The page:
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Texas Utilities Sound Alert on Scam

A scam involving prepaid money cards is being targeted at members of a Texas electric cooperative and customers of a nearby municipal utility.

“The people who are calling our members are falsely claiming to be Bluebonnet employees or contractors,” said Will Holford, manager of public affairs at Bluebonnet Electric Cooperative.

Members who received such calls were told their accounts are delinquent and that they need to pay immediately. “The caller IDs are showing up with out-of-state area codes and phone numbers,” Holford said.

The callers suggest that members get prepaid money cards such as the MoneyPak cards available at many major retailers. “The scammers give the members a phone number to call back with the money card’s number,” Holford added.

Similar scams have been reported by co-ops in Arkansas, Kansas, Oklahoma and Virginia.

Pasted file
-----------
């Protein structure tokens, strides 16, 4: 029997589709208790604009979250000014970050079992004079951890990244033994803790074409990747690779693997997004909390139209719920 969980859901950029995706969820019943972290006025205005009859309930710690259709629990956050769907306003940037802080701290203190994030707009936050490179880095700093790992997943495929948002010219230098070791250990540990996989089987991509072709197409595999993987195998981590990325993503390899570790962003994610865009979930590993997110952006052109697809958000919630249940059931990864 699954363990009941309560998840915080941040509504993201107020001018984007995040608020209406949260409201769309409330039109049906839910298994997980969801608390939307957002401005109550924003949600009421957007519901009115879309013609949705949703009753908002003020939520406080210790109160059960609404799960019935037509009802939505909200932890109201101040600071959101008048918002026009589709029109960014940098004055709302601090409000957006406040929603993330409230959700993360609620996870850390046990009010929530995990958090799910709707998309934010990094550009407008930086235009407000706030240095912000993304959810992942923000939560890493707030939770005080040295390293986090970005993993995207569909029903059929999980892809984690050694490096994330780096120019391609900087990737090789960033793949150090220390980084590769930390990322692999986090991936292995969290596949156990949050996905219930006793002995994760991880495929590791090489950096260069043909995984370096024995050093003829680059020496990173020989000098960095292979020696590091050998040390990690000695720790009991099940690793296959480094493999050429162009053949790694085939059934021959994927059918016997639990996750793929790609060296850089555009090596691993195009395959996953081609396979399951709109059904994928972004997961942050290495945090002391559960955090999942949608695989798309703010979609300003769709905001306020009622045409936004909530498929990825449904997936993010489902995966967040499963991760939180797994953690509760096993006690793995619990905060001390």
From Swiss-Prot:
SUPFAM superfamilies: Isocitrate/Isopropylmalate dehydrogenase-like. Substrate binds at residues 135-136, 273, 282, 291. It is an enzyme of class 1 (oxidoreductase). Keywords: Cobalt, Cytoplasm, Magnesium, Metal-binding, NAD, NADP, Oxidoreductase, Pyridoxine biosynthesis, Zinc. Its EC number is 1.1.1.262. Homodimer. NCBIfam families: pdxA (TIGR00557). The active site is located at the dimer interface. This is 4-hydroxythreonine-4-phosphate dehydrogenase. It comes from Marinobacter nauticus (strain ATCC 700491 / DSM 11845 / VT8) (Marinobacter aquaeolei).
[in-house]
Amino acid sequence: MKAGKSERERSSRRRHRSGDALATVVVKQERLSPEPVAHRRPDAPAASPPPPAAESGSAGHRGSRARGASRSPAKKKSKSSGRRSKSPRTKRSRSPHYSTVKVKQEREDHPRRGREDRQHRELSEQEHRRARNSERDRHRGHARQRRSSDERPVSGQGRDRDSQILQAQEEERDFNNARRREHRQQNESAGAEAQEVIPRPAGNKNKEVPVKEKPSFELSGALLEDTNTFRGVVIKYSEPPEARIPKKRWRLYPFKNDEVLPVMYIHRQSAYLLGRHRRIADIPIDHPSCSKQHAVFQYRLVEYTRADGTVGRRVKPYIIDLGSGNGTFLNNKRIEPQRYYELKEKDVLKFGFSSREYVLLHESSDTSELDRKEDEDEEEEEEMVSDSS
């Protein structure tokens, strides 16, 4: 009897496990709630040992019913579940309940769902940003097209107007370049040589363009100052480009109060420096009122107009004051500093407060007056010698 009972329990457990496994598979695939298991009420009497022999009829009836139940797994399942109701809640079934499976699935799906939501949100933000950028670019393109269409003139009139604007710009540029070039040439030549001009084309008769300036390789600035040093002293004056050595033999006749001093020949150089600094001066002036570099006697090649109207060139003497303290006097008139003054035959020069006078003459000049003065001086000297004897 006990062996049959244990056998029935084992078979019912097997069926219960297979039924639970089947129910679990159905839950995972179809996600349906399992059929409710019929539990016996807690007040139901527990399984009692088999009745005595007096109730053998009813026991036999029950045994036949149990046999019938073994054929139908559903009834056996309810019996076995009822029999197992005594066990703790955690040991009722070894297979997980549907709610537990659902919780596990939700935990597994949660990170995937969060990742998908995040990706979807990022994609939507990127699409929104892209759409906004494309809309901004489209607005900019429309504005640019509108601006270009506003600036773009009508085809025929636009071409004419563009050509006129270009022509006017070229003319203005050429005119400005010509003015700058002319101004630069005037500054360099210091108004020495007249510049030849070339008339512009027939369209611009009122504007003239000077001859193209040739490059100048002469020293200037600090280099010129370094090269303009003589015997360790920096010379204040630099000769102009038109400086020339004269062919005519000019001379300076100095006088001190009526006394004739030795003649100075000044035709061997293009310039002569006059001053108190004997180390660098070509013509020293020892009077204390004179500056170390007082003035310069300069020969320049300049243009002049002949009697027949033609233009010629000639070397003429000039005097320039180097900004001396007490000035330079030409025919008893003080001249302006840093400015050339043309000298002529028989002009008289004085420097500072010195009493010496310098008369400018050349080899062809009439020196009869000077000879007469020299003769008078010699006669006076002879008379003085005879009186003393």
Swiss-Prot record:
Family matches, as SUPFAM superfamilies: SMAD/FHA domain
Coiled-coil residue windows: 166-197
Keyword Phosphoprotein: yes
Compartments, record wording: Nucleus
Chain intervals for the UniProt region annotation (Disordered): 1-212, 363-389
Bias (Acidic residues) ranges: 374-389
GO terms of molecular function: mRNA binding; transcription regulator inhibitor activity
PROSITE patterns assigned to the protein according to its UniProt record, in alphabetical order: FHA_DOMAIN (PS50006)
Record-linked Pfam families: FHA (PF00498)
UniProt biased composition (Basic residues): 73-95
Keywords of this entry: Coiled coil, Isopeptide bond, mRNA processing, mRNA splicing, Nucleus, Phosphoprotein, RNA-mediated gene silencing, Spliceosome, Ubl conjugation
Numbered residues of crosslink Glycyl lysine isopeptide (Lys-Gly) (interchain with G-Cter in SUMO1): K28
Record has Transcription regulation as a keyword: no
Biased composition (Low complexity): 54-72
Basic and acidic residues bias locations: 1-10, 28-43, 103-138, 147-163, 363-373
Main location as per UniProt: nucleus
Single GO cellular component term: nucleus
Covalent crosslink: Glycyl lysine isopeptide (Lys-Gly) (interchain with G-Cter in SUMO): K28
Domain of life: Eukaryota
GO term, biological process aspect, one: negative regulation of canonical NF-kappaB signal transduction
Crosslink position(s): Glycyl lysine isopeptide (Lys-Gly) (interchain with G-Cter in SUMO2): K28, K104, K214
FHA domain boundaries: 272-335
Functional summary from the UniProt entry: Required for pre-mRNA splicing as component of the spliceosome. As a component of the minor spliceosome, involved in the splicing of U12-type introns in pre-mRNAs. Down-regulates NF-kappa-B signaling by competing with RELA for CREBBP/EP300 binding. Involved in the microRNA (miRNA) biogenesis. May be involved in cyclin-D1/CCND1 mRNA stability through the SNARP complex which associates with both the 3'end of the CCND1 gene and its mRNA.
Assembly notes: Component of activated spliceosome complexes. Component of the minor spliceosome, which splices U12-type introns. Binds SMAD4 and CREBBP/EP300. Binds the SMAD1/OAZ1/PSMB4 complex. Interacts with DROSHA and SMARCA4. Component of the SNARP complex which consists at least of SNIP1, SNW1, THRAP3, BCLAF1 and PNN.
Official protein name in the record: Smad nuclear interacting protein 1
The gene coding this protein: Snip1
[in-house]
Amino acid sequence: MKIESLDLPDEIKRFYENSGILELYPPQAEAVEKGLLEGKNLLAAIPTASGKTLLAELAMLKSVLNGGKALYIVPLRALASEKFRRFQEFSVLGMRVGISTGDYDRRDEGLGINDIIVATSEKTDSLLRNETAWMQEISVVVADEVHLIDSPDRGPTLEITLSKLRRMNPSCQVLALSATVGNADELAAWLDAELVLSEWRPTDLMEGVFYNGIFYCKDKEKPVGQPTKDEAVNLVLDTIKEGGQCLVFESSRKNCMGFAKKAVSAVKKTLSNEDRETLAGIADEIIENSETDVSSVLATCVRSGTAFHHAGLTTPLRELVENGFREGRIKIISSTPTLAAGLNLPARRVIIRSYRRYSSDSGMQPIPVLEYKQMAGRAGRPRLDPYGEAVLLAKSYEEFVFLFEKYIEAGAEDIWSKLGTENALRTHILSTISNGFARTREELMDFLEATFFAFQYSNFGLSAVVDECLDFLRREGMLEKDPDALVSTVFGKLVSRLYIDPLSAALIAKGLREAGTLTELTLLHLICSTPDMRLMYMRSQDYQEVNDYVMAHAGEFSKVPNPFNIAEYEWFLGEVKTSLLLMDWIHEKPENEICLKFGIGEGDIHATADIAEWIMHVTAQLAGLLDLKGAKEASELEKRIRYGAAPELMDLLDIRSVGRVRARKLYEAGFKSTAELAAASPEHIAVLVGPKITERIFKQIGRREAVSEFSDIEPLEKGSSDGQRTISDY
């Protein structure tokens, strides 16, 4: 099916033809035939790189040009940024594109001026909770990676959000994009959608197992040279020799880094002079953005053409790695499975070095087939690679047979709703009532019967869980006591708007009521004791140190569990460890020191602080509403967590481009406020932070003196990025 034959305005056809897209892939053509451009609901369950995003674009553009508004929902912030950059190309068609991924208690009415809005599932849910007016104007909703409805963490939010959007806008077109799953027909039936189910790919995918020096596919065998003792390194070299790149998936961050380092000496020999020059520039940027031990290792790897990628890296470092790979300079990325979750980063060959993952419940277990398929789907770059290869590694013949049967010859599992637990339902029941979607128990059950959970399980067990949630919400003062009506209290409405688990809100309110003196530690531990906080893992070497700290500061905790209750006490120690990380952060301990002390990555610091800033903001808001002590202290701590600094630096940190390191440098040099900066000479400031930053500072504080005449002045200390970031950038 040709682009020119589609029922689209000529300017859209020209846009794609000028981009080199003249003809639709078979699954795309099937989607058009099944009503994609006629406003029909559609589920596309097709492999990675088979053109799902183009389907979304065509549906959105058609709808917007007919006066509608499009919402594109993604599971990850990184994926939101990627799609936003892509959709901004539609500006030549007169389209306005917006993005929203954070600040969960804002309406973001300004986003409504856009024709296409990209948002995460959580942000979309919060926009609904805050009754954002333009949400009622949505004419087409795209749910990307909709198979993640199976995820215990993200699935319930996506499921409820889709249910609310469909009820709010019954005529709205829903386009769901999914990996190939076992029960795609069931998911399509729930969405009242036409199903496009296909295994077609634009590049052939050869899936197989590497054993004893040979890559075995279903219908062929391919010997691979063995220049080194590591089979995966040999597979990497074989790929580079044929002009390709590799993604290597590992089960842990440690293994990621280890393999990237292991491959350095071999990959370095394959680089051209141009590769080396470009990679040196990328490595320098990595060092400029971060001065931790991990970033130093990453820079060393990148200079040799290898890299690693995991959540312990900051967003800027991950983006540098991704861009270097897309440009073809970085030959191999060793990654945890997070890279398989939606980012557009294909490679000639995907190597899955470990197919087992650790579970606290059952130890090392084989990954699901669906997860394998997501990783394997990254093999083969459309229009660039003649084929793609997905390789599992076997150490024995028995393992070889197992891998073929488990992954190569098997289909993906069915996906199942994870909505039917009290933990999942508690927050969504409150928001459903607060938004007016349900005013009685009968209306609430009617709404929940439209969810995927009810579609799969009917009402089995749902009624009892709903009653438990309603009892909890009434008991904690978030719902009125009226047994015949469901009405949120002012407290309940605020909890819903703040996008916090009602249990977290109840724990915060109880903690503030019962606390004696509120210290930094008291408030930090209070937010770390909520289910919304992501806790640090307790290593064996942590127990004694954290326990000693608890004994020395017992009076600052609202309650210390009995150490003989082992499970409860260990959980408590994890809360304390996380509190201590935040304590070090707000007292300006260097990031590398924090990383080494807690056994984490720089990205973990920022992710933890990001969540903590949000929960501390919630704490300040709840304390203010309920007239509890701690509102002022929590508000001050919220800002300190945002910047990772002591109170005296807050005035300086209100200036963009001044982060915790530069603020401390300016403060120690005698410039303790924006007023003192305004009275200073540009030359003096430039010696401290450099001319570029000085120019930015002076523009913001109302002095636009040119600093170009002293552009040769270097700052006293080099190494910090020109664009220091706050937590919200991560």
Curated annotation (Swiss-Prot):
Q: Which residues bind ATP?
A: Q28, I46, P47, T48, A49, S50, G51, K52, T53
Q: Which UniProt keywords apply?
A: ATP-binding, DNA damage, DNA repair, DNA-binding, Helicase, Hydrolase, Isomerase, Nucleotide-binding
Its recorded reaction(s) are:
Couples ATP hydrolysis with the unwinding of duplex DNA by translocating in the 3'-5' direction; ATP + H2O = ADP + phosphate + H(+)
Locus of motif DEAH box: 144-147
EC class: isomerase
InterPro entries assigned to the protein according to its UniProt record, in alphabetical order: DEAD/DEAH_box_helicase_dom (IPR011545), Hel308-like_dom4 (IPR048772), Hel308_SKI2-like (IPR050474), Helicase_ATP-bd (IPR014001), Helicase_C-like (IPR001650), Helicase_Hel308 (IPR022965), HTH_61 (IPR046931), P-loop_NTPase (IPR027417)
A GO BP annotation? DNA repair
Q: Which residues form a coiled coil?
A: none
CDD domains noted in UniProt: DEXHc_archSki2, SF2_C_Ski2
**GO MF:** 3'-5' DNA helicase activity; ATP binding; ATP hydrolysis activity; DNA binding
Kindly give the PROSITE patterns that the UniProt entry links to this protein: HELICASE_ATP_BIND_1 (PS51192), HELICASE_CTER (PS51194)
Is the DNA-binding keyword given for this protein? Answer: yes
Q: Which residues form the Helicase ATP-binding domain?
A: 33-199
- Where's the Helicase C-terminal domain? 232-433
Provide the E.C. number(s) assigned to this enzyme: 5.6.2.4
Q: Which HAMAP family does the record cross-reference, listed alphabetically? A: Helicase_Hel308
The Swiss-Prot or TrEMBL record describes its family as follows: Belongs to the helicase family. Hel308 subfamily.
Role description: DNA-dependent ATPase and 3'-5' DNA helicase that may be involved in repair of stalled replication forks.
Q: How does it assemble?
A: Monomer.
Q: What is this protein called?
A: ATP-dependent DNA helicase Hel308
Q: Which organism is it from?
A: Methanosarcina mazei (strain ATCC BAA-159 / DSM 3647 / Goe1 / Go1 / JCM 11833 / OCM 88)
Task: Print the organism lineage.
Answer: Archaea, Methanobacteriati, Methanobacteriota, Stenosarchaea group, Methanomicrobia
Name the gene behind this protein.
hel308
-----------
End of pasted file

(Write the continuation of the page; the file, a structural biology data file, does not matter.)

So far, Bastrop-based Bluebonnet is aware of 10 members being contacted—six residential and four commercial—with the suspects largely targeting Spanish-speaking members. Some people did make payments and at least one filed a report with local law enforcement.

“The Bastrop County Sheriff’s Office is handling the case, and we are assisting the investigator,” Holford said.

In a statement, Austin Energy, the municipal utility owned by the City of Austin, said some of its customers have received calls claiming their accounts are delinquent and that payment is due immediately.

“The scammers ask the customers for credit card information or suggest they go buy a money card in the amount owed and call back to provide that card number,” Austin Energy said.

Holford said any Bluebonnet member—or, for that matter, any other utility’s member or customer—who receives a call about a delinquent account should exercise caution. If there’s any question about the legitimacy of a call, Holford offered some tips.

“Get their name. Get their phone number off caller ID. Get as much information as they can and then say, ‘I’m going to hang up and call my utility to make sure what you’re telling me is accurate.’ And then do so,” he said.

And if a call comes outside regular business hours, “That should be another clue that something isn’t right,” Holford said. “Hang up and call your local law enforcement.”

| Source: Michael W. Khan, Electric Co-op Today